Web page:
He said Secretary of State Colin Powell had called Burdzhanadze "to offer our support and to encourage her and her colleagues to proceed in a manner consistent with Georgia's constitution."

The EU's executive European Commission said Shevardnadze's resignation "opens the way to restoration of constitutional law and order" and stressed that democratic elections must be held to help "restore a climate of trust and confidence" in Georgia.

Despite the wide satisfaction over Shevardnadze's ouster, the opposition may have difficulty maintaining unity in a country where political fault lines follow personality and loyalty rather than ideological conviction. Saakashvili and Burdzhanadze worked closely during the weeks of protests in what appeared to be a marriage of convenience.

Further complicating Georgia's politics is the Revival party, which was often at odds with Shevardnadze but even more vehemently opposed to Saakashvili, alleging that he is a fascist.

But for the moment, Shevardnadze's fall meant only one thing to celebrating Georgians. "Freedom," said Irma Merabishvili, a 34-year-old teacher handing out flowers in the street alongside her.

"There was no blood, no killing, everything was peaceful," said Nona Ushuilidze, a 60-year-old university teacher watching the spectacle. "People love each other, they're meeting strangers and all wishing each other luck."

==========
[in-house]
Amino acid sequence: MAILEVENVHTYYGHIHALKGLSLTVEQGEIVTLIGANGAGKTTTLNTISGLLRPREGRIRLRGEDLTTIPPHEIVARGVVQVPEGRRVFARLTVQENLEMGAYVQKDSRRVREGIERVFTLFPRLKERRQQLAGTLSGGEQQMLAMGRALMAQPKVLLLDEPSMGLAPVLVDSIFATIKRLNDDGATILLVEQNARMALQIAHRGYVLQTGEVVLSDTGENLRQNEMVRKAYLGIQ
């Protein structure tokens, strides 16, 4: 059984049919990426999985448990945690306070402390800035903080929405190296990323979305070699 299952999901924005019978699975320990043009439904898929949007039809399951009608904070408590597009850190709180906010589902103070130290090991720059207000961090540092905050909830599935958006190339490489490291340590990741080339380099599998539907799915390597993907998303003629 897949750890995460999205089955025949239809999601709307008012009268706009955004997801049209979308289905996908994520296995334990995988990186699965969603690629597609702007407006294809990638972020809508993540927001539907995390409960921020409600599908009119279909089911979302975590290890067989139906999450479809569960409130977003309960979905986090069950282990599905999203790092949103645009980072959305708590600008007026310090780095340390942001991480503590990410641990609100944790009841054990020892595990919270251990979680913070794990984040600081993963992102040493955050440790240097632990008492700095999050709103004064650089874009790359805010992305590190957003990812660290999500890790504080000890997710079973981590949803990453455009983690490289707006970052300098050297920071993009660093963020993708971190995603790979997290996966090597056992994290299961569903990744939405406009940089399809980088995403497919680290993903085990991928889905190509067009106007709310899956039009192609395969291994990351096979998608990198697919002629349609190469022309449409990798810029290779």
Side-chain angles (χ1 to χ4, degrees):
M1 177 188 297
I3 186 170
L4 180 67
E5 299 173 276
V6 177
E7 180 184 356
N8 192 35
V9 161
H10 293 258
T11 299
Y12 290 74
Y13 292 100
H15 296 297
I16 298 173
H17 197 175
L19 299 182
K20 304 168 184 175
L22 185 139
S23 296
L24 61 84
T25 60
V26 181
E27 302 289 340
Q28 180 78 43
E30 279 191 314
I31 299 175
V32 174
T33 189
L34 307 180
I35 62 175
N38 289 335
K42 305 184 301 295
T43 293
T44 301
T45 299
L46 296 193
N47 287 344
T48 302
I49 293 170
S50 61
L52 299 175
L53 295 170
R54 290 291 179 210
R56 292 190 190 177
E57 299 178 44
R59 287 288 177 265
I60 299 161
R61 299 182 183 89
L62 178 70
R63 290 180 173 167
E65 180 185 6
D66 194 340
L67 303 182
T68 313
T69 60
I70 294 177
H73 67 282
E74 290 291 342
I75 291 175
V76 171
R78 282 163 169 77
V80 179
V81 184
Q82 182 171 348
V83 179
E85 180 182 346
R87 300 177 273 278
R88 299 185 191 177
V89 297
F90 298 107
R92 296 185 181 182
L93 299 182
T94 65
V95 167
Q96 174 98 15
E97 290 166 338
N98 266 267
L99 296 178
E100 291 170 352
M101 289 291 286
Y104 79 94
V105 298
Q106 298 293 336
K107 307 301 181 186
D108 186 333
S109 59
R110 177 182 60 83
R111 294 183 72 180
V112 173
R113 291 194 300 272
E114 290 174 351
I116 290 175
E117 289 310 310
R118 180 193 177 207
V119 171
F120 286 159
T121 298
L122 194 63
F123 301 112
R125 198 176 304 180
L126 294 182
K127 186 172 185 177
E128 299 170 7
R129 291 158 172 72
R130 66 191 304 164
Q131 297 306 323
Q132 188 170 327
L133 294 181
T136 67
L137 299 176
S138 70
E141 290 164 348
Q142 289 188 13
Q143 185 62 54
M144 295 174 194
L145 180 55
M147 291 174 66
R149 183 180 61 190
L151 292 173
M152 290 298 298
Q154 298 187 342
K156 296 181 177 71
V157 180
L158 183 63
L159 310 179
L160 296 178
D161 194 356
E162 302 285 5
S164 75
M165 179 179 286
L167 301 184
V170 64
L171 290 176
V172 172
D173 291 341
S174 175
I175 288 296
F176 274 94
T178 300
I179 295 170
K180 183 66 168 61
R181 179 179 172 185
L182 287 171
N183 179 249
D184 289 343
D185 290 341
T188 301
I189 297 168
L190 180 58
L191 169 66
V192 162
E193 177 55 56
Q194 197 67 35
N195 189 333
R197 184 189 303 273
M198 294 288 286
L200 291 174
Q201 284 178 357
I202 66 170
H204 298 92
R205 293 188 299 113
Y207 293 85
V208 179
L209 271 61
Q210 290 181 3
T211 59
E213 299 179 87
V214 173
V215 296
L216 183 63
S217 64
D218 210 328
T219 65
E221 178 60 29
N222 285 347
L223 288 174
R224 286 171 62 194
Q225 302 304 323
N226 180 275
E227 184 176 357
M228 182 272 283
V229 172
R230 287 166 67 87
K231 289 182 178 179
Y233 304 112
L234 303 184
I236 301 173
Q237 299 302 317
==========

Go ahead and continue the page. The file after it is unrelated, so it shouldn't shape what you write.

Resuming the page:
After the elation fades, the new government will face a stern challenge in addressing Georgians' anger over their misery. Georgians widely detested Shevardnadze for allowing corruption to infest the country while most of its people fell into poverty and despair -- scraping by on tiny pensions or makeshift work, living with sporadic electricity and water.

That anger fed the uprising against Shevardnadze, but it was initially triggered by the fraud-plagued parliamentary elections on Nov. 2. Even as the voting was underway, complaints of widespread ballot-box stuffing and other abuses emerged.

Opposition forces led by the fiery and erudite Saakashvili began daily protests outside parliament that attracted thousands, sometimes tens of thousands, demanding the elections be annulled or that Shevardnadze resign.

Shevardnadze called repeatedly for "dialogue," but gave no sign he would make concessions.

Shevardnadze was firmly Western-leaning, repeatedly expressing aspirations for the country to join NATO and other European structures. But he appeared to resist Western exhortations to try to resolve the political crisis. U.S. officials had repeatedly met with Shevardnadze over the past weeks, to little apparent effect.

This summer the White House sent James Baker, who had been Shevardnadze's counterpart as U.S. Secretary of State during the Cold War, to Georgia to push for his commitment to hold free and fair elections.

During the crisis, Shevardnadze consulted by telephone repeatedly with Russian President Vladimir Putin, with whom he had often quarreled. The decision to resign just hours after the arrival of the Russian foreign minister could indicate the Kremlin is trying to reassert influence in Georgia.

Shevardnadze's former boss, Gorbachev, was quoted as telling Russia's Interfax new agency that Shevardnadze "probably understood that the moment had come for him to make this step so that Georgia would not break up."

"I think he was right," Gorbachev said.